Thursday, March 21, 2013

Carnage

***DISCLAIMER*** The following review is entirely my opinion. If you comment (which I encourage you to do) be respectful. If you don't agree with my opinion, that's fine. To each their own. I am just sharing my opinions and perspective. Finally, the reviews are given on a scale of 1-5. 1, of course, being terrible. 2, being not great. 3, being okay. 4, being good and 5, being epic! And if you enjoy these reviews feel free to share them and follow the blog or follow me on Twitter (@RevRonster) for links to my reviews and the occasional live-Tweet session of the movie I'm watching! Or we can just admit that you're right and we can move on.




Carnage - 4 out of 5

 

Ah, conflict resolution…as a man with a degree in Communications I had to take entire courses on the subject yet I am incapable of engaging in a discussion with my girlfriend about the toilet seat that doesn’t end in me blaming her for the bombing of Pearly Harbor and she informing me that there is a possibility that my mother and father were not married when I was conceived. Then the tears start up and before long nothing is accomplished. Later, after I stop crying, we come to the apologies and laugh about how absurd it is to get mad about the toilet seat being up…and then I notice she put a DVD on top of the DVD player and not back in its case and it starts all over again…West Side Story-style knife fights usually follow.


"You guys want to go out into the garage and practice karate?"


Carnage is a tale of conflict resolution and communication gone horribly awry. After the child of Nancy and Alan (Kate Winslet and Christophe Waltz) hits Penelope and Michael’s (Jodie Foster and John C. Reilly) kid in the face with a stick, the parents are forced to come together and discuss the issue and come to some sort of reconciliation. However, the more time they spend together the more their friendly exteriors breakdown and they begin to bicker, air their dirty laundry about their marital troubles and become increasingly more childish as they resort to name calling and passive aggressively backhand each other.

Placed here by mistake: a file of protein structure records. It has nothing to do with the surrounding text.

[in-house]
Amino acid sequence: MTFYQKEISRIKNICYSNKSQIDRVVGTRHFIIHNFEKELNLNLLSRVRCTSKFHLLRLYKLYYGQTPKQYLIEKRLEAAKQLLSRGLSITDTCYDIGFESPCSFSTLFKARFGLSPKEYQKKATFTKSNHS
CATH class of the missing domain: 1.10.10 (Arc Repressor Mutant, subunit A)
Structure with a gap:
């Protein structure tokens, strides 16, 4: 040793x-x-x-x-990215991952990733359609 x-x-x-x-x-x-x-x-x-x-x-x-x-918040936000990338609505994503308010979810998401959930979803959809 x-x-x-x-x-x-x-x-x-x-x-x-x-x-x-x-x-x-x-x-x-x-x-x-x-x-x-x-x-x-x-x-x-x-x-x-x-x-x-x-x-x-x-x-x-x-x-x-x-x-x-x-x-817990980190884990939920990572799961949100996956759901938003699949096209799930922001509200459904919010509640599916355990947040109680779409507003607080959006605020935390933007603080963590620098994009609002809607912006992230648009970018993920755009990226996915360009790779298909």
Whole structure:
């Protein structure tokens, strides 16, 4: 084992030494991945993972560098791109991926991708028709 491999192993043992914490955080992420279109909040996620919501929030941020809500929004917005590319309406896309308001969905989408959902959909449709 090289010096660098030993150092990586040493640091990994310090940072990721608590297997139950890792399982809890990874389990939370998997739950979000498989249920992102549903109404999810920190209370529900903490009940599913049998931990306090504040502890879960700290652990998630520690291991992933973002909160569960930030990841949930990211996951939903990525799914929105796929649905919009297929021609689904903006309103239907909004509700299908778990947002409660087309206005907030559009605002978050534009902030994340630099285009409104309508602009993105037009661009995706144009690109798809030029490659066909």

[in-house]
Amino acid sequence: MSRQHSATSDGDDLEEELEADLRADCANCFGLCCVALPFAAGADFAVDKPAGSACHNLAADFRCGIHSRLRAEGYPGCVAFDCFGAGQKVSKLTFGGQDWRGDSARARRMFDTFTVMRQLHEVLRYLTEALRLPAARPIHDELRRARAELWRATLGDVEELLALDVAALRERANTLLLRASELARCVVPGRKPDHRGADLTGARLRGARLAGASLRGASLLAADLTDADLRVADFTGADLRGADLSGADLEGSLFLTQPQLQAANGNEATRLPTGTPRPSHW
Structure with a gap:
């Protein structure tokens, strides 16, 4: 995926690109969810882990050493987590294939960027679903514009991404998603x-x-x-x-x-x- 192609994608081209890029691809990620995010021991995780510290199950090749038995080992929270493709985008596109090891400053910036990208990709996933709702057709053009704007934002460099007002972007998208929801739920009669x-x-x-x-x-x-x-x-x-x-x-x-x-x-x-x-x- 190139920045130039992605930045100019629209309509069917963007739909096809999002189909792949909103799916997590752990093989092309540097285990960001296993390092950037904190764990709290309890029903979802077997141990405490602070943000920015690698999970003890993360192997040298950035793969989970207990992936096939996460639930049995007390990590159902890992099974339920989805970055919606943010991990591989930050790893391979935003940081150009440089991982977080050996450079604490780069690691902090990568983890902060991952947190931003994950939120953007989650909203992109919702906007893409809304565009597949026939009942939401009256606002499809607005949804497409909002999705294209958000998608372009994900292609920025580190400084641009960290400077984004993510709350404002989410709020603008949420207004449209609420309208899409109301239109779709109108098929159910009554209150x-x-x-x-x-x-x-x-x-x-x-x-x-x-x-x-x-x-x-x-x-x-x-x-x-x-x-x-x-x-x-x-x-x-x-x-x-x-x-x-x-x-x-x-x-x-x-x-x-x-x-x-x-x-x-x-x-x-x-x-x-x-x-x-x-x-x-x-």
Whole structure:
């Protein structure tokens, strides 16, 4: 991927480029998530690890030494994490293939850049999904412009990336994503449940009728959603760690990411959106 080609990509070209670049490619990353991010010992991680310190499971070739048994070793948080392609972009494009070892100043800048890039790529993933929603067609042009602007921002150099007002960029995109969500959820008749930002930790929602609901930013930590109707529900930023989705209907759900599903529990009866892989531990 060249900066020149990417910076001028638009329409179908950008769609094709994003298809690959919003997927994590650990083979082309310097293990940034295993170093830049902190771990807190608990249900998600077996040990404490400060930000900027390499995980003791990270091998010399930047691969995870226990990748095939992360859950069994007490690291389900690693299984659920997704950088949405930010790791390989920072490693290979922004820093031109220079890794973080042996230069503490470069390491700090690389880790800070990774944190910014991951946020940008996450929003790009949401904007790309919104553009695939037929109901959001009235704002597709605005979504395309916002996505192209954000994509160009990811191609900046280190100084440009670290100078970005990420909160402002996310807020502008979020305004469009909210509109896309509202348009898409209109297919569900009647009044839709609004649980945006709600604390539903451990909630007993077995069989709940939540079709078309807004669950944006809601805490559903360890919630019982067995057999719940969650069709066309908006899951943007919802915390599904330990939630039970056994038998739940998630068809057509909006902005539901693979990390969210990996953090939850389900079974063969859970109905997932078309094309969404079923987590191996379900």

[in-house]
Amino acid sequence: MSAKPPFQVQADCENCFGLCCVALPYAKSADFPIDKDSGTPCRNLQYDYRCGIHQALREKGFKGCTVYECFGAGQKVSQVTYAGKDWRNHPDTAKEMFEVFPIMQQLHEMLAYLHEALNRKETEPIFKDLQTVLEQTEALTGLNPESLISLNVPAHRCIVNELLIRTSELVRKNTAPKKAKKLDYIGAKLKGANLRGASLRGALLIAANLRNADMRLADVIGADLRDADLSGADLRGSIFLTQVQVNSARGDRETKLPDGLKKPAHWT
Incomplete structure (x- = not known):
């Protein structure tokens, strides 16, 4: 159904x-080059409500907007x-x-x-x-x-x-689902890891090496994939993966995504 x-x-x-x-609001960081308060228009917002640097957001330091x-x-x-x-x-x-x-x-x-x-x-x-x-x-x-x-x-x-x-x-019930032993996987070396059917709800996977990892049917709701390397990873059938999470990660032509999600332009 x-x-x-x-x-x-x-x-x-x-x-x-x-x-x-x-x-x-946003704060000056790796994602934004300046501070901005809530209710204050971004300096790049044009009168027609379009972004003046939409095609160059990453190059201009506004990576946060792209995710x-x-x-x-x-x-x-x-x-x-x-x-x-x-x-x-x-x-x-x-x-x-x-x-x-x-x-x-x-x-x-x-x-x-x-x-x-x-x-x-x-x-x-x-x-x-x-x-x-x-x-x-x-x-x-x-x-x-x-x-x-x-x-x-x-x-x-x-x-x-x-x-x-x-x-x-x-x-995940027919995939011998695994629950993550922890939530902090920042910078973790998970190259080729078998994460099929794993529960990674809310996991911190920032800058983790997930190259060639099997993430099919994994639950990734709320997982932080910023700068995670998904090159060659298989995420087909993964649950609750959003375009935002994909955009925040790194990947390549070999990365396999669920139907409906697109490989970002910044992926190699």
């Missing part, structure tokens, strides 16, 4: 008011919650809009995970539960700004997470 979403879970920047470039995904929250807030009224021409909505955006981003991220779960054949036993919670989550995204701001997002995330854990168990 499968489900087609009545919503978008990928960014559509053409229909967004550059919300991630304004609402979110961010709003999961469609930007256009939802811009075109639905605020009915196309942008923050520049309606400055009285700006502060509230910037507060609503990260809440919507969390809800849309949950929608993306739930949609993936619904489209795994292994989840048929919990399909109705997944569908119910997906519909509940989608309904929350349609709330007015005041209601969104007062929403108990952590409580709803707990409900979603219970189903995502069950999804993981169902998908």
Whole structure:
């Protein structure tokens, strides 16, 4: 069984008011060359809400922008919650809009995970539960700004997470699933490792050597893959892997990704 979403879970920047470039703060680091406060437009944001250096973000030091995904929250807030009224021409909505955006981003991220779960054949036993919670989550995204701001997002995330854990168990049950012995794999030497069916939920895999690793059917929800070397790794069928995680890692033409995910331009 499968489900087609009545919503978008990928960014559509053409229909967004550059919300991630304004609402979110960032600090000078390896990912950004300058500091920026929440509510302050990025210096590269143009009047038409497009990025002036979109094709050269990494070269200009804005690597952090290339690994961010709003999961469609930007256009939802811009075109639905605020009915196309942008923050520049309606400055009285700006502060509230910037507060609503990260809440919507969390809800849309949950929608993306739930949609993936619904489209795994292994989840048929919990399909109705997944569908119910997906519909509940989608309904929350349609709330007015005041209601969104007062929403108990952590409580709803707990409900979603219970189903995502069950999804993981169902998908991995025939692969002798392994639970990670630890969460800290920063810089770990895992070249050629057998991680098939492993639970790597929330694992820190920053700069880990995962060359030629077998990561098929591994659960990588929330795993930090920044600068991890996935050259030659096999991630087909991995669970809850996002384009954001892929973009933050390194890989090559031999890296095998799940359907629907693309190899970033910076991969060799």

Waltz is gearing up for some Tarantino-esque violence.


This movie is a great comedy built entirely upon the human condition, interaction and how NOT to resolve a disagreement. The film isn’t a comedy for all types and doesn’t appeal to a wide audience. I’m not trying to sound like a snob like the characters that make up this film but if you think the pinnacle of comedy involves calling another man a “fag,” most likely has farts involved and think Jeff Foxworthy’s “You might be a Redneck” bit has yet to reach its expiration date (FYI, the expiration date for that bit was the second after he uttered the first syllable) then this is not the comedy for you because the humor comes from the growing tension and arguing these people engage in and it REALLY gets good when they no longer pretend to be the people their not and their resolve breaks and they reveal themselves for who they really are. So, if you think that Jeff Dunham’s dead terrorist puppet is the height of satire for commentary on the human condition and revel in Dunham’s not-so-subtle racism then you are going to find this movie boring and will find yourself saying, “All they are doing is yelling at each other…and why aren’t the husbands beating their wives?!? That’ll shut ’em up.” **Disclaimer: Not all fans of Jeff Dunham are wife beaters but all wife beaters are fans of Jeff Dunham**